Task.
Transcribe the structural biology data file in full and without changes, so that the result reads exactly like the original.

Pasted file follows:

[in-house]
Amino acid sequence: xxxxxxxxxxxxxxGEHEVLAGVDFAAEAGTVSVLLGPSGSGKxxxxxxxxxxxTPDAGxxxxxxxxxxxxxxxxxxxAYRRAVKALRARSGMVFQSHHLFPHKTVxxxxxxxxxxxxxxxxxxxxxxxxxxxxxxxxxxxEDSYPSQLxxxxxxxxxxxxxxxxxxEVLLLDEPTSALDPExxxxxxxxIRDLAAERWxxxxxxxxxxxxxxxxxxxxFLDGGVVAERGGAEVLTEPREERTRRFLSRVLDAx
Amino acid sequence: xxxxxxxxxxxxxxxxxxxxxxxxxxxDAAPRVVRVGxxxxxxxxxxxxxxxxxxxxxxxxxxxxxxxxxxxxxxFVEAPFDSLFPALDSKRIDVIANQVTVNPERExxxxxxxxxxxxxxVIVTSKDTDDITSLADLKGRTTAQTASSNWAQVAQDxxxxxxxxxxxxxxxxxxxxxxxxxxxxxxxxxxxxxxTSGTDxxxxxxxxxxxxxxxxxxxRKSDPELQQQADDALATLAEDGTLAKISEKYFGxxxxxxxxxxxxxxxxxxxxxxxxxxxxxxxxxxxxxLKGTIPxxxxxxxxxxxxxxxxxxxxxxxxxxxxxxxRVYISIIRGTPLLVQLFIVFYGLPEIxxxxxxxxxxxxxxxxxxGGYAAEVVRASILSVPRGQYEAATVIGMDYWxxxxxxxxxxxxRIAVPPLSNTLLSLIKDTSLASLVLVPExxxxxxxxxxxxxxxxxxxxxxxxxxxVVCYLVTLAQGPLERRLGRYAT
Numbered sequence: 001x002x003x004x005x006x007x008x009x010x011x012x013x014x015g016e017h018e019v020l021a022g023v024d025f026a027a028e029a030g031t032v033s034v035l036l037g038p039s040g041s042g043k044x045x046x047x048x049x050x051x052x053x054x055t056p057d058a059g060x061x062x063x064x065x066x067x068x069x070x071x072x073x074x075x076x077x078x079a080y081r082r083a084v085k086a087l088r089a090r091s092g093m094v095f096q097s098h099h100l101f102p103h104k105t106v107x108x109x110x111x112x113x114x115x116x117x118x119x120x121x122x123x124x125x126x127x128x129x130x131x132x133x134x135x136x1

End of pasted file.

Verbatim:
[in-house]
Amino acid sequence: xxxxxxxxxxxxxxGEHEVLAGVDFAAEAGTVSVLLGPSGSGKxxxxxxxxxxxTPDAGxxxxxxxxxxxxxxxxxxxAYRRAVKALRARSGMVFQSHHLFPHKTVxxxxxxxxxxxxxxxxxxxxxxxxxxxxxxxxxxxEDSYPSQLxxxxxxxxxxxxxxxxxxEVLLLDEPTSALDPExxxxxxxxIRDLAAERWxxxxxxxxxxxxxxxxxxxxFLDGGVVAERGGAEVLTEPREERTRRFLSRVLDAx
Amino acid sequence: xxxxxxxxxxxxxxxxxxxxxxxxxxxDAAPRVVRVGxxxxxxxxxxxxxxxxxxxxxxxxxxxxxxxxxxxxxxFVEAPFDSLFPALDSKRIDVIANQVTVNPERExxxxxxxxxxxxxxVIVTSKDTDDITSLADLKGRTTAQTASSNWAQVAQDxxxxxxxxxxxxxxxxxxxxxxxxxxxxxxxxxxxxxxTSGTDxxxxxxxxxxxxxxxxxxxRKSDPELQQQADDALATLAEDGTLAKISEKYFGxxxxxxxxxxxxxxxxxxxxxxxxxxxxxxxxxxxxxLKGTIPxxxxxxxxxxxxxxxxxxxxxxxxxxxxxxxRVYISIIRGTPLLVQLFIVFYGLPEIxxxxxxxxxxxxxxxxxxGGYAAEVVRASILSVPRGQYEAATVIGMDYWxxxxxxxxxxxxRIAVPPLSNTLLSLIKDTSLASLVLVPExxxxxxxxxxxxxxxxxxxxxxxxxxxVVCYLVTLAQGPLERRLGRYAT
Numbered sequence: 001x002x003x004x005x006x007x008x009x010x011x012x013x014x015g016e017h018e019v020l021a022g023v024d025f026a027a028e029a030g031t032v033s034v035l036l037g038p039s040g041s042g043k044x045x046x047x048x049x050x051x052x053x054x055t056p057d058a059g060x061x062x063x064x065x066x067x068x069x070x071x072x073x074x075x076x077x078x079a080y081r082r083a084v085k086a087l088r089a090r091s092g093m094v095f096q097s098h099h100l101f102p103h104k105t106v107x108x109x110x111x112x113x114x115x116x117x118x119x120x121x122x123x124x125x126x127x128x129x130x131x132x133x134x135x136x1